Tarsal tunnel syndrome
Tarsal tunnel syndrome is a condition in which there is excessive pressure on the tibial nerve. This is the nerve in the ankle that allows feeling and movement to parts of the foot. Tarsal tunnel syndrome can lead to numbness, tingling, weakness, or muscle damage mainly in the bottom of the foot.
Tibial nerve dysfunction; Neuropathy - posterior tibial nerve; Peripheral neuropathy - tibial nerve; Tibial nerve entrapment
Tarsal tunnel syndrome is an unusual form of peripheral neuropathy. It occurs when there is damage to the tibial nerve.
The area in the foot where the nerve enters the back of the ankle is called the tarsal tunnel. This tunnel is normally narrow. When the tibial nerve is compressed, it results in the symptoms of tarsal tunnel syndrome.
Pressure on the tibial nerve may be due to any of the following:
In some cases, no cause can be found.
Symptoms may include any of the following:
In severe cases, the foot muscles are very weak, and the foot can be deformed.
Exams and Tests
Your health care provider will examine your foot and ask about your symptoms.
During the exam, your provider may find you have the following signs:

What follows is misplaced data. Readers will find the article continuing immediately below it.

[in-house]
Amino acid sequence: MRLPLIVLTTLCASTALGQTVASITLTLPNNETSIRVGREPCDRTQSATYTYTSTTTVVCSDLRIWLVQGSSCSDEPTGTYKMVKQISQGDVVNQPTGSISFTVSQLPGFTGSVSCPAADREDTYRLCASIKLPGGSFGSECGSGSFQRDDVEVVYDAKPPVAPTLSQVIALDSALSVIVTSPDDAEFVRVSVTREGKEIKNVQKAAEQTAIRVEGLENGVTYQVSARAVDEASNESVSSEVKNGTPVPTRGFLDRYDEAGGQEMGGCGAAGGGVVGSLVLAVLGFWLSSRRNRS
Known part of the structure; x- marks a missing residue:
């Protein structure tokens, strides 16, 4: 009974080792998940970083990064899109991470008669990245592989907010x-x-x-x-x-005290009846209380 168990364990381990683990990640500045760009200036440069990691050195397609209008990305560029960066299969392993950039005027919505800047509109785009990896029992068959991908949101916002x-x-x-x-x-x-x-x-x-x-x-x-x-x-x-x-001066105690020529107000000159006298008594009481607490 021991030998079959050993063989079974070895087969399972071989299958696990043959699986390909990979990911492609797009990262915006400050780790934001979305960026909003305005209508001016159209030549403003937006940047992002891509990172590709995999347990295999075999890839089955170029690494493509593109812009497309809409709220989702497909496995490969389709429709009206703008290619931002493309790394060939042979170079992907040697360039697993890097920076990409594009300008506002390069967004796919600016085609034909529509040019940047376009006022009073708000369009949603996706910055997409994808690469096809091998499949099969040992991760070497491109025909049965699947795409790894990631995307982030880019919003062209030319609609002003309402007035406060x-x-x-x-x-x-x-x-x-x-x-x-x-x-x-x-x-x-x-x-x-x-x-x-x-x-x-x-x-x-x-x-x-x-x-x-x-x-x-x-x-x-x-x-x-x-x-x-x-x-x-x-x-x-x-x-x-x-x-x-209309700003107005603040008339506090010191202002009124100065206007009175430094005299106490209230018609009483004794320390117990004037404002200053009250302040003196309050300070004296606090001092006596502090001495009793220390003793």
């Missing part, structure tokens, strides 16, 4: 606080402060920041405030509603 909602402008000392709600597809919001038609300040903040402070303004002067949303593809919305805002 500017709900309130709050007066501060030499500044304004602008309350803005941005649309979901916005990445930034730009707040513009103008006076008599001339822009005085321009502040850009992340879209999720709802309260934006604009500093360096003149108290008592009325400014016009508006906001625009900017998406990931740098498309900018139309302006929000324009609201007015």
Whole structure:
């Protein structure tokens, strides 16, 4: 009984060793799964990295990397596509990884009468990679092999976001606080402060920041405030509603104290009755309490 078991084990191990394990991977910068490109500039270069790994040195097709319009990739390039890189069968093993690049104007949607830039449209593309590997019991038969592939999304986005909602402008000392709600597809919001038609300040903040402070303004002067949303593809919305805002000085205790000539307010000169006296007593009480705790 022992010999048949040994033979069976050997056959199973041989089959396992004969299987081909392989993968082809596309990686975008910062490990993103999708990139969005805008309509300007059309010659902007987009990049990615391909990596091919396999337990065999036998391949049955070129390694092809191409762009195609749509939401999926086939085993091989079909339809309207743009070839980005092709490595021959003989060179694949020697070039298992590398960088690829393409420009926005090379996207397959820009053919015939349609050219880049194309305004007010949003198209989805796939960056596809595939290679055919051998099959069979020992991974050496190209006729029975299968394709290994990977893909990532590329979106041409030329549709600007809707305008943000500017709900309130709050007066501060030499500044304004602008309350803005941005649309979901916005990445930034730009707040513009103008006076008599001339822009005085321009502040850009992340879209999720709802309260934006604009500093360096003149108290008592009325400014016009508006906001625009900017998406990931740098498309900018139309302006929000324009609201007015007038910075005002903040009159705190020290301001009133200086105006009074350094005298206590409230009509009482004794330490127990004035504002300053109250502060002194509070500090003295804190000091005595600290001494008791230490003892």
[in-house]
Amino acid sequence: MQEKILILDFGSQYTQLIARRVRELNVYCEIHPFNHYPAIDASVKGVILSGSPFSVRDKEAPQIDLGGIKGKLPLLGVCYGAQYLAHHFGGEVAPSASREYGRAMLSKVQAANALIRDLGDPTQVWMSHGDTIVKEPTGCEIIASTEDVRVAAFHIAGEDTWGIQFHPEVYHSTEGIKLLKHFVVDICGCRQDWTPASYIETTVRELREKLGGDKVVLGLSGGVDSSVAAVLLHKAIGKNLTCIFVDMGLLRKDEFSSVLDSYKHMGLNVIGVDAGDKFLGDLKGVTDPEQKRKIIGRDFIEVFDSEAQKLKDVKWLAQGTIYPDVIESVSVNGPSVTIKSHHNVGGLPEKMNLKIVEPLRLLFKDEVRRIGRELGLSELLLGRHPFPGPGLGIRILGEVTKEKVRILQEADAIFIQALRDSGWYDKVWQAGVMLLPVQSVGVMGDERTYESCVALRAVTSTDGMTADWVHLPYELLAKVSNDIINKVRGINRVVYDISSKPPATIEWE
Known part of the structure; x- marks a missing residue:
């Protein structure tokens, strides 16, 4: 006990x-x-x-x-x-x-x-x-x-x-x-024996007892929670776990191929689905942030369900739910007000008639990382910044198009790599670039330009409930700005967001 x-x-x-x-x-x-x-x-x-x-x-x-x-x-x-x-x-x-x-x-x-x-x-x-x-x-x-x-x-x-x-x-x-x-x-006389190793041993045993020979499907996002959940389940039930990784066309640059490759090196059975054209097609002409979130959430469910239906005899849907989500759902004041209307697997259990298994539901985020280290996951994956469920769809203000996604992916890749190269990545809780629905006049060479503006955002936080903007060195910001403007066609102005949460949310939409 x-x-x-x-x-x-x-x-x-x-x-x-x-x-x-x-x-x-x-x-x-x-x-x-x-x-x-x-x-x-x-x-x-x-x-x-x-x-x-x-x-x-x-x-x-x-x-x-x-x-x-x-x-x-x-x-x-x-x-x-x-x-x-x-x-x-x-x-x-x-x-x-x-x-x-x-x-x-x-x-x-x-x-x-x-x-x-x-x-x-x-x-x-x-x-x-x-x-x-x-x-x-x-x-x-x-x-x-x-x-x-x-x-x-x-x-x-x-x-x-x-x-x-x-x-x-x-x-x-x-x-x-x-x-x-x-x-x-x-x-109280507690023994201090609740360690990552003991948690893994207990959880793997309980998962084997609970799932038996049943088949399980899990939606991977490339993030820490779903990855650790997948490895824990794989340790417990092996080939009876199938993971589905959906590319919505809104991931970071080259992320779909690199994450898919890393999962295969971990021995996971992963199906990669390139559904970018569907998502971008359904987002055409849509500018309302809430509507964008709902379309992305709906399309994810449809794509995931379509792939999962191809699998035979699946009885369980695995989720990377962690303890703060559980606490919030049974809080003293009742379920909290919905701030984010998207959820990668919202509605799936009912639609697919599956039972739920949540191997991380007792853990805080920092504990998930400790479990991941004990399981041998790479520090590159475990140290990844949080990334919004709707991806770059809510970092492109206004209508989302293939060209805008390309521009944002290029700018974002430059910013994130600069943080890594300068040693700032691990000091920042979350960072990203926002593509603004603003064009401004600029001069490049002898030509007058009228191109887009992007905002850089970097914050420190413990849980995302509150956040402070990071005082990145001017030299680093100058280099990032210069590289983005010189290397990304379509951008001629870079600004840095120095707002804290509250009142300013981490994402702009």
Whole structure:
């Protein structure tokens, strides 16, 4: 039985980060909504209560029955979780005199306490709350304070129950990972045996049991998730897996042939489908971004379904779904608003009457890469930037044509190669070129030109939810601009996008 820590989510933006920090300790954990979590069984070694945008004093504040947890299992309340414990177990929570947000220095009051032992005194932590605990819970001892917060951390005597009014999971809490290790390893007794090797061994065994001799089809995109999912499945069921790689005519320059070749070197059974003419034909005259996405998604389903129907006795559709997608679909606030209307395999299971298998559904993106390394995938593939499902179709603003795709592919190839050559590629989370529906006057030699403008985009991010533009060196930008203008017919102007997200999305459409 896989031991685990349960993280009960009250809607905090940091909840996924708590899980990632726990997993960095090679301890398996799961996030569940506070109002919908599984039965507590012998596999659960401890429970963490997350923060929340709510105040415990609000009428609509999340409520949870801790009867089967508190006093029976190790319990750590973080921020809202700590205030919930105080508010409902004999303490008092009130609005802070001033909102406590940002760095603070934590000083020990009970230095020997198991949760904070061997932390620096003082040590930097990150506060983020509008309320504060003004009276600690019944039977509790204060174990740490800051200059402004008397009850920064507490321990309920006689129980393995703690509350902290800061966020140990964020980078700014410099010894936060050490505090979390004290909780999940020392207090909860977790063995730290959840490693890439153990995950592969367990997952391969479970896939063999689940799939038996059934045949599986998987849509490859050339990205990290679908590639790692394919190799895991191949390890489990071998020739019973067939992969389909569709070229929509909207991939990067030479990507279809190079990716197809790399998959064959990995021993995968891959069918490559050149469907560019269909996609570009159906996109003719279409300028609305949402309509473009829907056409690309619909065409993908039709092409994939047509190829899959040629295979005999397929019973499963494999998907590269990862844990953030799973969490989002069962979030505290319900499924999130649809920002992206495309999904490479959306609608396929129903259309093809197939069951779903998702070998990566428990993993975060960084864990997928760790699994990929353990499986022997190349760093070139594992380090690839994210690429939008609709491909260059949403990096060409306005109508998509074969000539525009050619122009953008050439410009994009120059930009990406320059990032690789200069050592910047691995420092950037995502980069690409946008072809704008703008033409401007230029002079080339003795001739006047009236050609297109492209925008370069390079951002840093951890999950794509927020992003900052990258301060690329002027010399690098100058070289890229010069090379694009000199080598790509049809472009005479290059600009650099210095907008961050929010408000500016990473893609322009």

Tests that may be done include:
Other tests that may be ordered include blood tests and imaging tests, such as x-ray, ultrasound, or MRI.
Treatment depends on the cause of the symptoms.
A full recovery is possible if the cause of tarsal tunnel syndrome is found and successfully treated. Some people may have a partial or complete loss of movement or sensation. Nerve pain may be uncomfortable and last for a long time.
Untreated, tarsal tunnel syndrome may lead to the following:
When to Contact a Medical Professional
Call your provider if you have symptoms of tarsal tunnel syndrome. Early diagnosis and treatment increases the chance that symptoms can be controlled.
Katirji B. Disorders of peripheral nerves. In: Daroff RB, Jankovic J, Mazziotta JC, Pomeroy SL, eds. Bradley's Neurology in Clinical Practice. 7th ed. Philadelphia, PA: Elsevier; 2016:chap 107.
Shy ME. Peripheral neuropathies. In: Goldman L, Schafer AI, eds. Goldman-Cecil Medicine. 25th ed. Philadelphia, PA: Elsevier Saunders; 2016:chap 420.
Review Date: 2/23/2017
Reviewed By: Amit M. Shelat, DO, FACP, Attending Neurologist and Assistant Professor of Clinical Neurology, SUNY Stony Brook, School of Medicine, Stony Brook, NY. Review provided by VeriMed Healthcare Network. Also reviewed by David Zieve, MD, MHA, Medical Director, Brenda Conaway, Editorial Director, and the A.D.A.M. Editorial team.
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